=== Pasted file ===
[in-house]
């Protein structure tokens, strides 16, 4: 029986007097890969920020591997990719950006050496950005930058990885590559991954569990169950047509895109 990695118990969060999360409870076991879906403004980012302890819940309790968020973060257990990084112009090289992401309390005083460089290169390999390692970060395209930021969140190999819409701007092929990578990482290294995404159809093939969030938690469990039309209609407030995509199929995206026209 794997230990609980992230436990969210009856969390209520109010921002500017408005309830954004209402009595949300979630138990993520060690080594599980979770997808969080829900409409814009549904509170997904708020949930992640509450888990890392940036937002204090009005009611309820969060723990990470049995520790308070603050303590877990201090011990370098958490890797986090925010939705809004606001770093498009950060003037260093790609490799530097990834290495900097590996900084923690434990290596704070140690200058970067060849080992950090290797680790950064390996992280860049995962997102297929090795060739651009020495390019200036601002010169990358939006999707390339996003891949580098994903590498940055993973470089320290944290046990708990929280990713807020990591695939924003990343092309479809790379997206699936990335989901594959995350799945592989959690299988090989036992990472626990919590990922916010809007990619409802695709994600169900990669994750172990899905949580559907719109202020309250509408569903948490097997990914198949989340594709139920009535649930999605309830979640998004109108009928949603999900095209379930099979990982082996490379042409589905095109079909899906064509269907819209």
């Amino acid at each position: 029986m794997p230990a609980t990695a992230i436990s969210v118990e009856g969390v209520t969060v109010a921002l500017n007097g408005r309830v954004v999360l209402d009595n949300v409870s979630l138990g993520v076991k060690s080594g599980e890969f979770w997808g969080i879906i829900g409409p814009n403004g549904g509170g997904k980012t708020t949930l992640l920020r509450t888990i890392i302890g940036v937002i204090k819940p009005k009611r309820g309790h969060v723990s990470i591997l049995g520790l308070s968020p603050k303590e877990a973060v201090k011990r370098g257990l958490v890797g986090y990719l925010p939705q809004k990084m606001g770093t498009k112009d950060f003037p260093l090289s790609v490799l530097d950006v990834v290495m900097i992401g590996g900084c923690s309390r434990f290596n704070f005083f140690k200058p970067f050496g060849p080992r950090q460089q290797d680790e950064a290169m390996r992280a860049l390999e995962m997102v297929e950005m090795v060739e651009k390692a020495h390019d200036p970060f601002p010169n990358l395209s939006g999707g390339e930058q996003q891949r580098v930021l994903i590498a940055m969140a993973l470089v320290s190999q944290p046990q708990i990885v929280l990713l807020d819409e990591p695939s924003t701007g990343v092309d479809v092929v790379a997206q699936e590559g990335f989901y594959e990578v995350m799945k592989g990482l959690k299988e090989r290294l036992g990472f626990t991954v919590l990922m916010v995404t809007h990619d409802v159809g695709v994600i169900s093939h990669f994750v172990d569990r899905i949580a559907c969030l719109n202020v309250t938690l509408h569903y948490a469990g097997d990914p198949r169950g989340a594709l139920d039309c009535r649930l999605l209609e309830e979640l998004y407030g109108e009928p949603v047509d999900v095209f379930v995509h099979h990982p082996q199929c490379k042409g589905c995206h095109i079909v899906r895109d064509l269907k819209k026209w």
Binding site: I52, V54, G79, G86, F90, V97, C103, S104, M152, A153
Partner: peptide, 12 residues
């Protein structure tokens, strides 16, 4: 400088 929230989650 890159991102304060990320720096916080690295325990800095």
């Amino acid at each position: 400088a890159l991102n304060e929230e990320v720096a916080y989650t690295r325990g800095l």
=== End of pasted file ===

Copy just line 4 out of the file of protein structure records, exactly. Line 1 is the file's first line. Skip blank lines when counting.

Binding site: I52, V54, G79, G86, F90, V97, C103, S104, M152, A153